All life forms on this planet have been connected to Nature since their inception.
Yet, the human race seems to have almost forgotten to take care of their source of sustenance, to preserve their source of Lifeforce.
Putting up posters and banners regarding the same is no longer an effective solution. And simply painting an Earth Day coloring page is no longer of any help.
Take a leaf from the protest movement on April 22, 1970, when no less than 20 million Americans decided to actively participate in a march to symbolize the atrocities against Mother Nature and take a step against and put an end to them.
And that was the incident when Earth Day gained its roots. Nearly five decades have passed.
The transition of events may seem like they have changed course, but the foundations remain the same.
Right from the old to the new generations – how much have we upheld the significance of Earth Day? It’s high time we thought about it!
Now, coming to the debate of whether Earth Day is a religious holiday, the central theme that upholds the event should provide us with an answer.
World Earth Day: A Brief History
Since the mid-20th century, the American population has slowly but surely realized the gravity of exploiting Nature and natural resources.
This ideology was precipitated by the Cuyahoga River fire in Cleveland and an oil well explosion in the Pacific Ocean near Santa Barbara, off the coast of California in 1969.
Both these events were the worst ecological disasters of the century.
These accidents catapulted a series of events, finally paving the way for the birth of Earth Day, whose founder is Senator Gaylord Nelson, Democrat of Wisconsin.
He prompted the consideration of a protest rally promoted and supported by nearly 10% of America’s population. Since then, 22nd April has been declared as Earth Day.
Most Popular Secular Observance in the World
Earth Day is considered to be the most prominent secular observation around the world.
This is because more than a billion people from 140 nations and different walks of life participate and commemorate this day.
Yet, the question still arises: Is Earth Day a religious holiday? As per common belief, our answer should have been no.
Except it’s not. And that’s not because we consider it a conventional religious holiday. So, before you get all worked up, keep reading!
Almost all traditional religious beliefs put up the theory of religion being an entity greater than us.
An all-powerful and domineering force that sets into action all laws, hypotheses, and theorems while equally challenging new theories.
According to this perspective, then, we could also consider nature as a fiercely dynamic, wild, and free energy that sets rules, yet it abides by none.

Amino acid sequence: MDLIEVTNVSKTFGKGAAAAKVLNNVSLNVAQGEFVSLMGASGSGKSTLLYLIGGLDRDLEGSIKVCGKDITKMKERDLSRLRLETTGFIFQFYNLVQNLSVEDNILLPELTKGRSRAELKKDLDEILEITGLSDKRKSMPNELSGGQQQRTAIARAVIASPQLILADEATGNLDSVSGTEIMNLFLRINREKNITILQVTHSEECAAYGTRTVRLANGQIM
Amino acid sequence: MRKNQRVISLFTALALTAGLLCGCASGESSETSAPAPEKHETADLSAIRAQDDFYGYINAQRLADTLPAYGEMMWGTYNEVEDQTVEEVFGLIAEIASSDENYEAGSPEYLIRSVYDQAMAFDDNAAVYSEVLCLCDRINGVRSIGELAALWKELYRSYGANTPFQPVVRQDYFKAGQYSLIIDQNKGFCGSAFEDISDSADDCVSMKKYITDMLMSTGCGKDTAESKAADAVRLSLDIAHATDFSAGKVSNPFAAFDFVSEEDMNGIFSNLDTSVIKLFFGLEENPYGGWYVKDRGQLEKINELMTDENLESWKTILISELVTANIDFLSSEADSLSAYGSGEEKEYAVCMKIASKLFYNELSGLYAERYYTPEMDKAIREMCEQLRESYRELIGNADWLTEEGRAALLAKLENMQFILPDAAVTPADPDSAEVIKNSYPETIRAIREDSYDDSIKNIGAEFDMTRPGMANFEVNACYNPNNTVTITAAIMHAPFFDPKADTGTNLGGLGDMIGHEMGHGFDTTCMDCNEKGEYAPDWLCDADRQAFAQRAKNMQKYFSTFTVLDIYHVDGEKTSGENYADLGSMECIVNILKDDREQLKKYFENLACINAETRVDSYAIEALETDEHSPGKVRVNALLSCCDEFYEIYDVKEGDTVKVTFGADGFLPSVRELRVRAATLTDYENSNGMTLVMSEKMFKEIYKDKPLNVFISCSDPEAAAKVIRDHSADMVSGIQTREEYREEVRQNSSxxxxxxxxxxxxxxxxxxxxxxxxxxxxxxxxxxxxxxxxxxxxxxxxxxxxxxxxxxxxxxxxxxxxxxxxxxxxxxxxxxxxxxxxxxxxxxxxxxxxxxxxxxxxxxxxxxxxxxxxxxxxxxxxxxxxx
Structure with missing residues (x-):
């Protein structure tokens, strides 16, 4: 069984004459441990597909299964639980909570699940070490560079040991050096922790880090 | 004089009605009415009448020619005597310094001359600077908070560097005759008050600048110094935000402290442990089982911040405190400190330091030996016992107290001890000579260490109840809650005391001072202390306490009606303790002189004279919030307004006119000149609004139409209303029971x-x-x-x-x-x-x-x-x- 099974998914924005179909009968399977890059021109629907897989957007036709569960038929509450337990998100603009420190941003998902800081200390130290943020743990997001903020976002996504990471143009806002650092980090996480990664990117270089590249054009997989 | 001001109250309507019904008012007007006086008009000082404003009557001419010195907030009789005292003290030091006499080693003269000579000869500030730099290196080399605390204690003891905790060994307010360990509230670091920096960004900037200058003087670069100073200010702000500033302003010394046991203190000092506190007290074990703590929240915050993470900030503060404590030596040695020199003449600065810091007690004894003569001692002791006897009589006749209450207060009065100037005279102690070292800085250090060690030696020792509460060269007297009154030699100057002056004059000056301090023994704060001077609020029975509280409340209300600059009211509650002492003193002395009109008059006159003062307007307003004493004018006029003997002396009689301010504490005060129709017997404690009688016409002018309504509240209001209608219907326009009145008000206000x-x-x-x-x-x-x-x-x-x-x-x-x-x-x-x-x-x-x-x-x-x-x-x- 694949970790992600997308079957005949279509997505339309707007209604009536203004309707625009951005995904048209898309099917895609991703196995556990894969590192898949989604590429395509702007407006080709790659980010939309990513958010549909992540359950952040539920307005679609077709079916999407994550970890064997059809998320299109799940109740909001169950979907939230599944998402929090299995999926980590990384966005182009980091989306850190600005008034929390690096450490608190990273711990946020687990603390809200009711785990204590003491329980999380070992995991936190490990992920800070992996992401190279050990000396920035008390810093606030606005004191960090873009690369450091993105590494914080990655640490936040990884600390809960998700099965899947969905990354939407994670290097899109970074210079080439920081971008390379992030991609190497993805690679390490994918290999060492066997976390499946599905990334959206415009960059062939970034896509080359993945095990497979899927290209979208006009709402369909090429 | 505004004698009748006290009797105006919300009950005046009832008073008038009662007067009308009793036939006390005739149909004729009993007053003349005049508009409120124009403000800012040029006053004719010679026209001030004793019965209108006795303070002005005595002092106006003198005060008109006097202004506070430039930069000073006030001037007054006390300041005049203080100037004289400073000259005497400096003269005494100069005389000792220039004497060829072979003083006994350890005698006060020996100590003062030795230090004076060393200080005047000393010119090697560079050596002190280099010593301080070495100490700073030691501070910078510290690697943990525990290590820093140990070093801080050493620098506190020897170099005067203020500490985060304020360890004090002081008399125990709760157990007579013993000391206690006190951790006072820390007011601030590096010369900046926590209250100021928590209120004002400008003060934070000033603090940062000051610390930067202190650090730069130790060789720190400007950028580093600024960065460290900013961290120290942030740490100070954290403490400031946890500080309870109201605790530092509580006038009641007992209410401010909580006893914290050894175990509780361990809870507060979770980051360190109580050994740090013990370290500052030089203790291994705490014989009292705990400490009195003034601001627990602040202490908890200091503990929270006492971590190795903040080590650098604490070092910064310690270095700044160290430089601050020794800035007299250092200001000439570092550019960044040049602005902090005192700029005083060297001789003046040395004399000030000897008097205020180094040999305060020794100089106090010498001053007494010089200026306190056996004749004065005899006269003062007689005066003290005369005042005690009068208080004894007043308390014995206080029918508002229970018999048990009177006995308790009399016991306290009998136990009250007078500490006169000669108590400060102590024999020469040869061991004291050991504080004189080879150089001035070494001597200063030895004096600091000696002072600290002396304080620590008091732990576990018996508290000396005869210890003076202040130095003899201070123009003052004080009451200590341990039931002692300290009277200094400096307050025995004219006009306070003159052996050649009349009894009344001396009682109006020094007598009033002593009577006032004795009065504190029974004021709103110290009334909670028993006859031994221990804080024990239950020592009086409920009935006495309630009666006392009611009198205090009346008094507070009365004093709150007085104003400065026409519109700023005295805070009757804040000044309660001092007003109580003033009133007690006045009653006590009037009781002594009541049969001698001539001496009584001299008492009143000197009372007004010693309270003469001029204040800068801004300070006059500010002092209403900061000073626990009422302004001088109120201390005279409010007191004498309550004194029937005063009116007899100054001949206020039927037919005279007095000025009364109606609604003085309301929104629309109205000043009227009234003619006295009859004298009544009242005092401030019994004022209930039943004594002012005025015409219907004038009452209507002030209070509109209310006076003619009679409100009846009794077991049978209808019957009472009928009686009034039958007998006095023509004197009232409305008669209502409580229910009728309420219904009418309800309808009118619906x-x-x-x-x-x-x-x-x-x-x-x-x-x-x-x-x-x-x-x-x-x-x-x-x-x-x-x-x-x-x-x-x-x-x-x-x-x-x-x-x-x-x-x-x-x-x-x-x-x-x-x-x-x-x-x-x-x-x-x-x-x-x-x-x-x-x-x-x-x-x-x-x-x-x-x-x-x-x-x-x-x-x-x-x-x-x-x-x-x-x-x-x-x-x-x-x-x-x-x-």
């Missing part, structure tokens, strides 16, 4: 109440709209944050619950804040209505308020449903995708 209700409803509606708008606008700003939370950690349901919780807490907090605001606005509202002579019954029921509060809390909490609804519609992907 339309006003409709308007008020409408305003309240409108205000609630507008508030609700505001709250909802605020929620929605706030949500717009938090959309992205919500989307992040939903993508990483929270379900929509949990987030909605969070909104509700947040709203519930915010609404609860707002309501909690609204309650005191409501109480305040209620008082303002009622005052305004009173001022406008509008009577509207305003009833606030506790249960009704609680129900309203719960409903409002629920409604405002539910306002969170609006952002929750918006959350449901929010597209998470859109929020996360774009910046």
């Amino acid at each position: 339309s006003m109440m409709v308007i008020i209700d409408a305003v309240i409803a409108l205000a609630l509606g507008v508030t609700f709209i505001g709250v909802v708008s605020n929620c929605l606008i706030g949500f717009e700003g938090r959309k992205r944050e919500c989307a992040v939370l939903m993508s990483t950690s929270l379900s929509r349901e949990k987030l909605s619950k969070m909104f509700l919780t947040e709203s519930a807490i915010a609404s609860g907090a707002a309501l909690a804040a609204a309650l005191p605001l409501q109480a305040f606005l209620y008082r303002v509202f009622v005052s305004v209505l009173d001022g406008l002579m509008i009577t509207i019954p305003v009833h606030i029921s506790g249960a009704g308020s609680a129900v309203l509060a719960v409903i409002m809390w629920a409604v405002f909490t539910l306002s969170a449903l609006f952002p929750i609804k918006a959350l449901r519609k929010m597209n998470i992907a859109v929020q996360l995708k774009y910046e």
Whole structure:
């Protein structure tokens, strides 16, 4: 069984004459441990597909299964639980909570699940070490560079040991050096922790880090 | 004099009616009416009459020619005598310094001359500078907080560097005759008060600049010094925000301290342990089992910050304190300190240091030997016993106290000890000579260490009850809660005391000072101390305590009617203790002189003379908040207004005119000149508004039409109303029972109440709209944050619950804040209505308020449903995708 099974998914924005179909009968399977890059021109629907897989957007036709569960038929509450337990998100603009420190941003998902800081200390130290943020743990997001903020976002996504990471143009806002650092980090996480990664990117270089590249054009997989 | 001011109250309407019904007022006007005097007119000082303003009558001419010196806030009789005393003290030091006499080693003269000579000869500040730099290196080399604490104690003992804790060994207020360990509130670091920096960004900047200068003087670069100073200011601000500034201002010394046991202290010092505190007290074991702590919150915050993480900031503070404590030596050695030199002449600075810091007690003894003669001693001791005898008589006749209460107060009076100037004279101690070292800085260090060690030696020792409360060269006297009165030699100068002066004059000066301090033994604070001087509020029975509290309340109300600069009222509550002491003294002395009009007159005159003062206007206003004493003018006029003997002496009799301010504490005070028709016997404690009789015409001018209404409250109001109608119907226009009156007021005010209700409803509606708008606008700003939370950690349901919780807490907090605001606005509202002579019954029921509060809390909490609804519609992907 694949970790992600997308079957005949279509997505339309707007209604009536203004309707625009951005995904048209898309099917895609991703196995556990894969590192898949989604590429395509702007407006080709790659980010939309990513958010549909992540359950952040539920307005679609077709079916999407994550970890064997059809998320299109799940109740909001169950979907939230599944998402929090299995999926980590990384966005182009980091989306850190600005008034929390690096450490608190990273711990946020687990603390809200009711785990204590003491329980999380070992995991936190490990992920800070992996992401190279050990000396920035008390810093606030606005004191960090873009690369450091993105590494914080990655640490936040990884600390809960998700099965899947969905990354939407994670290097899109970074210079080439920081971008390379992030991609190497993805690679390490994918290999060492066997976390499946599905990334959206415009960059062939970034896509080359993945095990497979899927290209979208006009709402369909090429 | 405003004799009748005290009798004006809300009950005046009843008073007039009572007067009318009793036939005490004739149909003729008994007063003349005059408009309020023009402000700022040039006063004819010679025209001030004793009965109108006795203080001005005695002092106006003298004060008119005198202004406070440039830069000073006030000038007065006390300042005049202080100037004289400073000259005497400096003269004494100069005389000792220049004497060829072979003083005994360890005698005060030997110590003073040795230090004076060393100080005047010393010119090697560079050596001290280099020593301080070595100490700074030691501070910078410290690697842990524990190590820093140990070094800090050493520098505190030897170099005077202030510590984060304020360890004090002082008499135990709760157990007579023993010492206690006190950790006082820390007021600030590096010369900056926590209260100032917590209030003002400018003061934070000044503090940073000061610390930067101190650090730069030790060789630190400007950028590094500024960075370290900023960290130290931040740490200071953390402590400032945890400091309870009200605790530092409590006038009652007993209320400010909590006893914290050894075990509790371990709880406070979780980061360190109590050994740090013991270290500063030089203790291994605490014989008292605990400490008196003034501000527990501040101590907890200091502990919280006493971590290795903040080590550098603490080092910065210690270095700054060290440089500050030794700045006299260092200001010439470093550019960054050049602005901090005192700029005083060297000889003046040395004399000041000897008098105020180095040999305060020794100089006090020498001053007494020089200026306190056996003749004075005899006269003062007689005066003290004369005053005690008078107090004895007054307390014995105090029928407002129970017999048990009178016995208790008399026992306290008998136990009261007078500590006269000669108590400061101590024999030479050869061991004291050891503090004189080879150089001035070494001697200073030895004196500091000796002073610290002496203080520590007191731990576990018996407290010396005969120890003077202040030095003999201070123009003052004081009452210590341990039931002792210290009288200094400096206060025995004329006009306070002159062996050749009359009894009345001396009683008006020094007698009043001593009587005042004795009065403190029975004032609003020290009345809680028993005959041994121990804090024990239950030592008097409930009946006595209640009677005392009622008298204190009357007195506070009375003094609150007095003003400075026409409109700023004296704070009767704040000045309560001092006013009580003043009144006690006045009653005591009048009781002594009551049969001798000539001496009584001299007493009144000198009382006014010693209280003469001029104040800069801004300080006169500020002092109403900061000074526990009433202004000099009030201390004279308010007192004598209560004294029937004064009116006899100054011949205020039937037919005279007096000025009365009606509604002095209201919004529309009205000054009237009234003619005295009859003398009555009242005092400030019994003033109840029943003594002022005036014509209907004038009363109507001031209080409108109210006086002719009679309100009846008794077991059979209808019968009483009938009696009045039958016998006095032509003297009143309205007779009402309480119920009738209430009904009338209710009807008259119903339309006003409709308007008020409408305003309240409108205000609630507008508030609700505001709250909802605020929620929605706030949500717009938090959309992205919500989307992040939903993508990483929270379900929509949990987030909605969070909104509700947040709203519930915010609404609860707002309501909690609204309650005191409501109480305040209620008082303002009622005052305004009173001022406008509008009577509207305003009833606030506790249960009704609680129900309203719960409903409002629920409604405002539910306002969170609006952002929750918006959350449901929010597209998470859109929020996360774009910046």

Alas, though, the human race tries to subdue this endless energy source, control it, and direct it to fit the bills of its never-ending greed.
No wonder, with the masses realizing the effects of such heinous and laughable acts, Earth Day has gained the recognition it deserves.
And, philosophically speaking, if Nature is to be treated with the utmost respect and humbleness of mankind, treating this popular observance as a “religious” holiday is by no means unfair or wrong.
If Religion encompasses the Divine, no greater religion than the planet is our sole reason for survival.
Going by this logic, yes, Earth Day is no different than a religious holiday.
Because if you consider any other traditional religious holidays, including Holi, Ramadan, Easter, Pesach, Vaisakhi, or the like, they mark the arrival of Spring, the time of rejuvenation of Mother Nature.
How Can We Acknowledge Earth Day?
To truly acknowledge Earth Day, one must remember that it is not just a one-day affair.
Incorporating activities that help Nature renew her vigor in our daily lives is a true mark of honoring the one that bestows us Life and Energy.
Earth Day may serve as a reminder of a mark of realization and understanding. But without perseverance, the efforts of this united movement will go in vain.
Earth Day Activities
Below are some Earth Day activities for adults and children that have been widely followed globally.
One can follow this special holiday and try to incorporate every other day of each year.
- Hug a tree
- Spend some time in Nature basking under the warmth of the Sun
- Pick up trash in your nearby area
- Segregate trash into biodegradable and non-biodegradable items
- Harness natural energy resources
- Cycle to work instead of taking the car.
A happy Earth equates to a happy me, a happy you, and, eventually, a happy world. It determines the quality of lives of individuals, directly translating to a secure progeny.
The activities listed above may seem trivial, but only when humans adopt these actions on a large scale do they start reaping their results.
Which one of these activities would you like to pledge to start from the next Earth Day? And which activities do you usually take part in?
Let us know in the comments below, and suggest other ways you contribute towards creating awareness.